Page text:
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Facebook Launching New In-App Browser For Android

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Facebook Launching New In-App Browser For Android

Facebook is preparing to launch a new in-app browser on Android, replacing the standard Android System WebView with a more stable solution.

Unlike other Android apps that open web links in an external browser of the user’s choice, Facebook opens pages in the app itself.

Facebook identified a problem with how it handles external links, saying users update the Facebook app more often than the software that powers the in-app browser.

An announcement on Meta’s engineering blog states:

“Our in-app browser for Facebook on Android has historically relied on an Android System WebView based on Chromium, the open source project that powers many browsers on Android and other operating systems.

… over the past few years, we’ve observed that many Android users are updating their Facebook app but not updating their Chrome and WebView apps, which may result in security risks and a negative user experience.”

The company cites susceptibility to zero-day exploits and Facebook app crashes as the significant problems resulting from its reliance on Android System WebView.

To remedy these issues, Facebook developed a separate Chromium-Based WebView that can update in sync with Facebook app updates.

Facebook lists several benefits of switching to a custom browser, including improved stability, security, and performance.

Benefits Of A New In-App Browser For Facebook On Android

Security

A custom in-app browser allows Facebook to roll out the latest Chromium security patches directly to users, which install when users update the Facebook app.

This helps ensure users aren’t visiting pages using outdated software, which may pose security risks.

Stability

A custom browser solution should lead to fewer app crashes, Facebook says.

Updating Android’s WebView software at a system level can cause apps to crash, as Android needs to ensure all instances of WebView are stopped so it can install the latest version.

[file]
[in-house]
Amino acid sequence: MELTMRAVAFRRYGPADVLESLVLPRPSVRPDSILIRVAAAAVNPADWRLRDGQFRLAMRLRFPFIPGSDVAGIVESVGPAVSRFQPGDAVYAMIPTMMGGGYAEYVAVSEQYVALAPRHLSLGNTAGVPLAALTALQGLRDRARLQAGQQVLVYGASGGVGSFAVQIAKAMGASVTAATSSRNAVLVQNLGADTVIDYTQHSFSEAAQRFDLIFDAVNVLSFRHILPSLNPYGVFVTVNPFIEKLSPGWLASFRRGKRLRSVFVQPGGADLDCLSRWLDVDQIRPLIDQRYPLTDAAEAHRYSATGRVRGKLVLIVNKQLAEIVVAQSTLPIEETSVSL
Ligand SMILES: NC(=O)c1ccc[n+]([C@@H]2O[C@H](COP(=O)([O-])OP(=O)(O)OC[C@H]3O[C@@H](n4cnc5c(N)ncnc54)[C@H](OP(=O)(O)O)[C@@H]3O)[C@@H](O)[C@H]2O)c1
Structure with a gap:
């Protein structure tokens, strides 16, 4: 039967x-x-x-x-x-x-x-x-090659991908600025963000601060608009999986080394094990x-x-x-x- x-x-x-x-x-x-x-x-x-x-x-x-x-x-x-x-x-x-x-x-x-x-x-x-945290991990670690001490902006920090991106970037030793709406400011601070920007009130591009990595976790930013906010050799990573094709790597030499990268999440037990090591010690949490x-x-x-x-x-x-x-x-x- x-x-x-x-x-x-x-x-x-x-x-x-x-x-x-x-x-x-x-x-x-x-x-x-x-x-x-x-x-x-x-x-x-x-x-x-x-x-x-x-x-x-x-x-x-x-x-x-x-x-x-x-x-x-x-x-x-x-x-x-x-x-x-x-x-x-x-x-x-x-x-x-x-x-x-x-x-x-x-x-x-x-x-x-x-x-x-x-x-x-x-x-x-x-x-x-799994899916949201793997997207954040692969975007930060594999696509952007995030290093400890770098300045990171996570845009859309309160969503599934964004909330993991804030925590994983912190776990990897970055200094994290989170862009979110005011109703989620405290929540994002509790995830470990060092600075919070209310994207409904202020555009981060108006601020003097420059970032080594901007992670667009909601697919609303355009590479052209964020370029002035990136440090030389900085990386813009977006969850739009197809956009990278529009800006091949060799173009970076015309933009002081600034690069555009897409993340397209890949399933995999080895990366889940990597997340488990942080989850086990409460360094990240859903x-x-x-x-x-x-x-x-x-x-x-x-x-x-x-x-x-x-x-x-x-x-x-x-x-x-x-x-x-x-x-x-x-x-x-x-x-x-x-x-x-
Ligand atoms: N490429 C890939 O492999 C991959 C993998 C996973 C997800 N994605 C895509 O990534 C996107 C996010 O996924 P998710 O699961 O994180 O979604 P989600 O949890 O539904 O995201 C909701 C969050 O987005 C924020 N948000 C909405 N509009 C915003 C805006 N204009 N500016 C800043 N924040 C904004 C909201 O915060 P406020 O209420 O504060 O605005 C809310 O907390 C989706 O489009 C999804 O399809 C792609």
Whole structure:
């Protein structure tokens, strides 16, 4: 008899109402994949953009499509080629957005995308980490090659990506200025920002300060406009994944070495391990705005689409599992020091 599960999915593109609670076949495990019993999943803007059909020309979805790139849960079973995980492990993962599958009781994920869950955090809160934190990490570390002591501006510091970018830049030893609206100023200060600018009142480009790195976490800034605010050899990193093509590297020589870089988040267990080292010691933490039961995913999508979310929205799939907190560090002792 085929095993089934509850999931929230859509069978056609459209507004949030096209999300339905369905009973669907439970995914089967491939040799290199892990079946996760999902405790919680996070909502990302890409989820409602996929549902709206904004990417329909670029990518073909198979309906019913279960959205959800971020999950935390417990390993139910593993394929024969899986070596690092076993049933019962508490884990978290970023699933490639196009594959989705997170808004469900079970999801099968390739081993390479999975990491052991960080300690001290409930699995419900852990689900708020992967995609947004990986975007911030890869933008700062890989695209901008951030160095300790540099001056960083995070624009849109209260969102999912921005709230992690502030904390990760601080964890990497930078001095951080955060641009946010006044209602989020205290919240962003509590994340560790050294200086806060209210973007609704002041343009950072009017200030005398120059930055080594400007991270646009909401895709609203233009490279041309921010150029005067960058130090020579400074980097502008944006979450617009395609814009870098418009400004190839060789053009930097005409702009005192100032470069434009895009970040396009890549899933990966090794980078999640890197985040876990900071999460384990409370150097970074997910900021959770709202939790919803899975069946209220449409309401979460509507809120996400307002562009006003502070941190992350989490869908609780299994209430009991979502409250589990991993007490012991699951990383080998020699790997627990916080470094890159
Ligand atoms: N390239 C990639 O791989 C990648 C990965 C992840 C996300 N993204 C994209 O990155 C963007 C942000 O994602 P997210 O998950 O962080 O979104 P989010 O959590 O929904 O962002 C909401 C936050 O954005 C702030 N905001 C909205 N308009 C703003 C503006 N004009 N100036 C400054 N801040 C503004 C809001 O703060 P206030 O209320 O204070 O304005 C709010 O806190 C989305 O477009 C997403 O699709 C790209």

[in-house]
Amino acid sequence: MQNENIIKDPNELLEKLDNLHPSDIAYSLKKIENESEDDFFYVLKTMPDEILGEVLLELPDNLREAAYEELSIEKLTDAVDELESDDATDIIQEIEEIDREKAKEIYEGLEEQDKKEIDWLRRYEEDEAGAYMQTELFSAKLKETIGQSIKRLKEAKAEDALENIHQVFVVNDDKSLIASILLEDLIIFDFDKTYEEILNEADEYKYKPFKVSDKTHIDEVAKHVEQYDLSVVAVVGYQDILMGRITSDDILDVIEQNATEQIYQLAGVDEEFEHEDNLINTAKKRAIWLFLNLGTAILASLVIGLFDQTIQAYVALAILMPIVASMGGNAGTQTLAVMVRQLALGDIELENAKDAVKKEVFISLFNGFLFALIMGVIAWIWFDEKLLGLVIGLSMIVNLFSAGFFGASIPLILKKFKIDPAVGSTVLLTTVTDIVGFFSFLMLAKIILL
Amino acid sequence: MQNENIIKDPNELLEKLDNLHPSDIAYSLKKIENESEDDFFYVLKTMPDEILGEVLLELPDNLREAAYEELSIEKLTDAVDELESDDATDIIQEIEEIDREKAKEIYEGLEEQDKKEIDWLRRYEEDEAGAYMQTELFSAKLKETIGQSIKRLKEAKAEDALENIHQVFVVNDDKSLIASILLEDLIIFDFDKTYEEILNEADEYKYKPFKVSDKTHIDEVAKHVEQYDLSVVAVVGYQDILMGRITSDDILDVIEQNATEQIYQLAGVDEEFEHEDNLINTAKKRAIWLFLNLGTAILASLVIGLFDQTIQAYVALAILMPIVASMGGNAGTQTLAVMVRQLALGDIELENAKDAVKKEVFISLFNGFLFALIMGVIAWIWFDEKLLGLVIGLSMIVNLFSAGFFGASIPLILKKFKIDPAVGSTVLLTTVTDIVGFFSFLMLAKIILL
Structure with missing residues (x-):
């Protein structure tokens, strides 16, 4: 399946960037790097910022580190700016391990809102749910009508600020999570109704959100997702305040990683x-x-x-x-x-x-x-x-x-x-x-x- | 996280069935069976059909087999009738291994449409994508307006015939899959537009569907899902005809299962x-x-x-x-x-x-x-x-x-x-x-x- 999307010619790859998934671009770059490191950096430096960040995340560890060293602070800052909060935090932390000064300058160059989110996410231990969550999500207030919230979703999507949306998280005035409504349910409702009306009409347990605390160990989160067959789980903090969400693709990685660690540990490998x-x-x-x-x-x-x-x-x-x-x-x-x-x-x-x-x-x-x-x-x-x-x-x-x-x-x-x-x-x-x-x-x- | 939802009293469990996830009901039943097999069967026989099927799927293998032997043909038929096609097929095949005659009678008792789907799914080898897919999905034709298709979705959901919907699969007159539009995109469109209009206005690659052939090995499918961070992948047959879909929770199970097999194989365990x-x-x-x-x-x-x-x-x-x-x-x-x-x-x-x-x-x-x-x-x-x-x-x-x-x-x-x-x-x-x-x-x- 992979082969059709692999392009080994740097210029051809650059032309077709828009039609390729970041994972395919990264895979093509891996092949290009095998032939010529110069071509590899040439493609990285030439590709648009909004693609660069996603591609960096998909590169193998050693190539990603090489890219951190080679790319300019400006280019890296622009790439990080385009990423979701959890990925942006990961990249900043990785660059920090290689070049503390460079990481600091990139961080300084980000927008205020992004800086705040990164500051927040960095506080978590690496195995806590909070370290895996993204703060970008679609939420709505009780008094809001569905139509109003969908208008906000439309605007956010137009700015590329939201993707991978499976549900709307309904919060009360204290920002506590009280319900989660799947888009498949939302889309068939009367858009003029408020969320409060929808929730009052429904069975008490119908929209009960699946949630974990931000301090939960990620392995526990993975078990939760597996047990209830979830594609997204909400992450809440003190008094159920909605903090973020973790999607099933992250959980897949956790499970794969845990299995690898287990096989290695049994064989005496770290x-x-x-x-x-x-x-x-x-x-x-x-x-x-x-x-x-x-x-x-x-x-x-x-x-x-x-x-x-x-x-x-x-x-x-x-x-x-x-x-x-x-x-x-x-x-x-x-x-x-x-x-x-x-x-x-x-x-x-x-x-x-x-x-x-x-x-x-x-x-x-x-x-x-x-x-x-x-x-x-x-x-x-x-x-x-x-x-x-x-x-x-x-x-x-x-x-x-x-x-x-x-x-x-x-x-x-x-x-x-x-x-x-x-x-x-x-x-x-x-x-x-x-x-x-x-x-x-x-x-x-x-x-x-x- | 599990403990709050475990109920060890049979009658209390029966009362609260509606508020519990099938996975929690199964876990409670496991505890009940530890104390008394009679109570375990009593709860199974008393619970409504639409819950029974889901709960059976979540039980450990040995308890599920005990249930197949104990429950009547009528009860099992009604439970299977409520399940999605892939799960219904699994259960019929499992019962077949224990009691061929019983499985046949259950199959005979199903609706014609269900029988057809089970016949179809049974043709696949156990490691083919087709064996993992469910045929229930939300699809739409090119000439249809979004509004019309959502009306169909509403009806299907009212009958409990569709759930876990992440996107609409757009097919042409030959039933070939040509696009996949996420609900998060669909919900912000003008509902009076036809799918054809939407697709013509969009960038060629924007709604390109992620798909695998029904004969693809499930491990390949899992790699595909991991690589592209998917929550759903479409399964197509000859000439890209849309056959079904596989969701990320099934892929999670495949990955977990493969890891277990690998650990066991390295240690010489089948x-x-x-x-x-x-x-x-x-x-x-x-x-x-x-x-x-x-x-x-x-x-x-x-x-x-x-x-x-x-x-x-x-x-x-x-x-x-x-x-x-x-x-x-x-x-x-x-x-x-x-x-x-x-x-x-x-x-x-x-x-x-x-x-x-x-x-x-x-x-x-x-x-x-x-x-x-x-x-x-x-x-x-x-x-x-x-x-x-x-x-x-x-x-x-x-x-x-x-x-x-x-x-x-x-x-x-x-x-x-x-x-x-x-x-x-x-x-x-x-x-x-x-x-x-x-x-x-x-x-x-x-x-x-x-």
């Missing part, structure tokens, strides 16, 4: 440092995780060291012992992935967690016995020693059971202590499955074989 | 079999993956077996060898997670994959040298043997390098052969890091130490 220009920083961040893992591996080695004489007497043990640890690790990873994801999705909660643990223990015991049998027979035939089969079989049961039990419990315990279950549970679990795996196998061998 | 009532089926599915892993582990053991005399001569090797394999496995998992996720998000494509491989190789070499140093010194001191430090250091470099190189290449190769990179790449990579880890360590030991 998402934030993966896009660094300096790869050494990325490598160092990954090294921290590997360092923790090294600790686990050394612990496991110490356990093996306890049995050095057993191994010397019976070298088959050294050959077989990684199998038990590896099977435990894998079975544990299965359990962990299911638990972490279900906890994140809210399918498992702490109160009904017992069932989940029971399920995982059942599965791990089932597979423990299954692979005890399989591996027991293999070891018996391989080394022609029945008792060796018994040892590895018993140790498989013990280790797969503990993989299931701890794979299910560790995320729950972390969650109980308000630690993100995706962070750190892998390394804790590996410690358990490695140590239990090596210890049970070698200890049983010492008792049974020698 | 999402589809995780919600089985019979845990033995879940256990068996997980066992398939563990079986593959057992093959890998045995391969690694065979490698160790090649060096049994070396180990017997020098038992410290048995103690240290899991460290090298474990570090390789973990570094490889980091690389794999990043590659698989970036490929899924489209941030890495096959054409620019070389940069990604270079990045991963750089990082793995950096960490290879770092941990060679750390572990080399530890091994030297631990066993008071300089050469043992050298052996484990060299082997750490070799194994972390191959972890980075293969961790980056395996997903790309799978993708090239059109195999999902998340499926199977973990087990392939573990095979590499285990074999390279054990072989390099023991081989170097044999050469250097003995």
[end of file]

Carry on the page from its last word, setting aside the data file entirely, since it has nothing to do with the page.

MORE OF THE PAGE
Utilizing a custom version of WebView, exclusive to the Facebook app, means Android no longer needs to crash Facebook when updating the System WebView.

Performance

Facebook says its custom in-app browser improves performance concerning rendering web pages and launching Instant Games via Facebook Gaming:

“Our Webview also improves on rendering performance… Because we are able to constrain how the WebView gets displayed within our apps, we can enable the GPU process for our WebView. This improves rendering performance and stability of web pages and Instant Games.”

In Summary

The benefits listed above may sound like technical jargon if you’re unfamiliar with the Android operating system.

You need to know that this change will improve security and performance and reduce app crashes when people view websites in the Facebook app.

Facebook isn’t the first app to utilize a custom in-app browser on Android. Mozilla, Microsoft, and Samsung all have their own versions as well.

The company emphasizes that this change will not impact people’s privacy choices on Meta services.


Source: Engineering at Meta
Featured Image: Emre Akkoyun/Shutterstock



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Mozilla Acquires Pulse, A Hybrid-Workplace Collaboration Company

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Mozilla, publishers of Firefox, acquired the team behind AI-based workplace collaboration product Pulse, announcing that they will work on Mozilla’s growing portfolio of products.

Pulse Team

The Pulse workplace collaboration product helped teams collaborate better by automatically managing their Slack presence, creating “focus times” that allow users to work without interruption, and display color-coded do no disturb notices when team members were in meetings.